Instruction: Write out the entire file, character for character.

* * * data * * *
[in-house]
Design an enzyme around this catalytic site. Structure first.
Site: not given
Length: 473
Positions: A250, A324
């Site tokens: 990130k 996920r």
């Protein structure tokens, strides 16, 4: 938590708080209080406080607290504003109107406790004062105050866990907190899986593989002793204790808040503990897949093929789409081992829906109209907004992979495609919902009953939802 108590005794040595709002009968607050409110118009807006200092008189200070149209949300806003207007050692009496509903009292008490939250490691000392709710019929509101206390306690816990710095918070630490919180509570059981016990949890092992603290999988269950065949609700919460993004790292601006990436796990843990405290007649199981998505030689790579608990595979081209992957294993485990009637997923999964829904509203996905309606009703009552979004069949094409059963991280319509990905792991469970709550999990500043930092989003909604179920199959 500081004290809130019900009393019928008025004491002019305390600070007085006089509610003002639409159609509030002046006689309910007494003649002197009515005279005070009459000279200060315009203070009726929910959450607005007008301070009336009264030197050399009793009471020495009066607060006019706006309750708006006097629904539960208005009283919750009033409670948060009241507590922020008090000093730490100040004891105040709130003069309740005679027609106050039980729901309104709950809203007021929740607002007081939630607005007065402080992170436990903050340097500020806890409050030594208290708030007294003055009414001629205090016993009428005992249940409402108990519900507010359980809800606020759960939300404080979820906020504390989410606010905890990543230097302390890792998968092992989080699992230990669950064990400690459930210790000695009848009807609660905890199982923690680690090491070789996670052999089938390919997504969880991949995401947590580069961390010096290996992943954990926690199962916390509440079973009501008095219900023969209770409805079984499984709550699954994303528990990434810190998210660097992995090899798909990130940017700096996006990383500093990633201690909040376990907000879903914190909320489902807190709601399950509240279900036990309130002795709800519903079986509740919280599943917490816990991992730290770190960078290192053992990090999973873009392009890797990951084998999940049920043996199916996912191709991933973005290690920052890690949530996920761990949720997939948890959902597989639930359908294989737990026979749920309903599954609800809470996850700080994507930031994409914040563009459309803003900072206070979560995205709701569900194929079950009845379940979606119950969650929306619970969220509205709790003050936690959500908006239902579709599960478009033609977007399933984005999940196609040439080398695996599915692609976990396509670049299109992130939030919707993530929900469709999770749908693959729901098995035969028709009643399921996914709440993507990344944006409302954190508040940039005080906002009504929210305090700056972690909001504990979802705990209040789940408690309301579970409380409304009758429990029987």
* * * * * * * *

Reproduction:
[in-house]
Design an enzyme around this catalytic site. Structure first.
Site: not given
Length: 473
Positions: A250, A324
């Site tokens: 990130k 996920r």
């Protein structure tokens, strides 16, 4: 938590708080209080406080607290504003109107406790004062105050866990907190899986593989002793204790808040503990897949093929789409081992829906109209907004992979495609919902009953939802 108590005794040595709002009968607050409110118009807006200092008189200070149209949300806003207007050692009496509903009292008490939250490691000392709710019929509101206390306690816990710095918070630490919180509570059981016990949890092992603290999988269950065949609700919460993004790292601006990436796990843990405290007649199981998505030689790579608990595979081209992957294993485990009637997923999964829904509203996905309606009703009552979004069949094409059963991280319509990905792991469970709550999990500043930092989003909604179920199959 500081004290809130019900009393019928008025004491002019305390600070007085006089509610003002639409159609509030002046006689309910007494003649002197009515005279005070009459000279200060315009203070009726929910959450607005007008301070009336009264030197050399009793009471020495009066607060006019706006309750708006006097629904539960208005009283919750009033409670948060009241507590922020008090000093730490100040004891105040709130003069309740005679027609106050039980729901309104709950809203007021929740607002007081939630607005007065402080992170436990903050340097500020806890409050030594208290708030007294003055009414001629205090016993009428005992249940409402108990519900507010359980809800606020759960939300404080979820906020504390989410606010905890990543230097302390890792998968092992989080699992230990669950064990400690459930210790000695009848009807609660905890199982923690680690090491070789996670052999089938390919997504969880991949995401947590580069961390010096290996992943954990926690199962916390509440079973009501008095219900023969209770409805079984499984709550699954994303528990990434810190998210660097992995090899798909990130940017700096996006990383500093990633201690909040376990907000879903914190909320489902807190709601399950509240279900036990309130002795709800519903079986509740919280599943917490816990991992730290770190960078290192053992990090999973873009392009890797990951084998999940049920043996199916996912191709991933973005290690920052890690949530996920761990949720997939948890959902597989639930359908294989737990026979749920309903599954609800809470996850700080994507930031994409914040563009459309803003900072206070979560995205709701569900194929079950009845379940979606119950969650929306619970969220509205709790003050936690959500908006239902579709599960478009033609977007399933984005999940196609040439080398695996599915692609976990396509670049299109992130939030919707993530929900469709999770749908693959729901098995035969028709009643399921996914709440993507990344944006409302954190508040940039005080906002009504929210305090700056972690909001504990979802705990209040789940408690309301579970409380409304009758429990029987």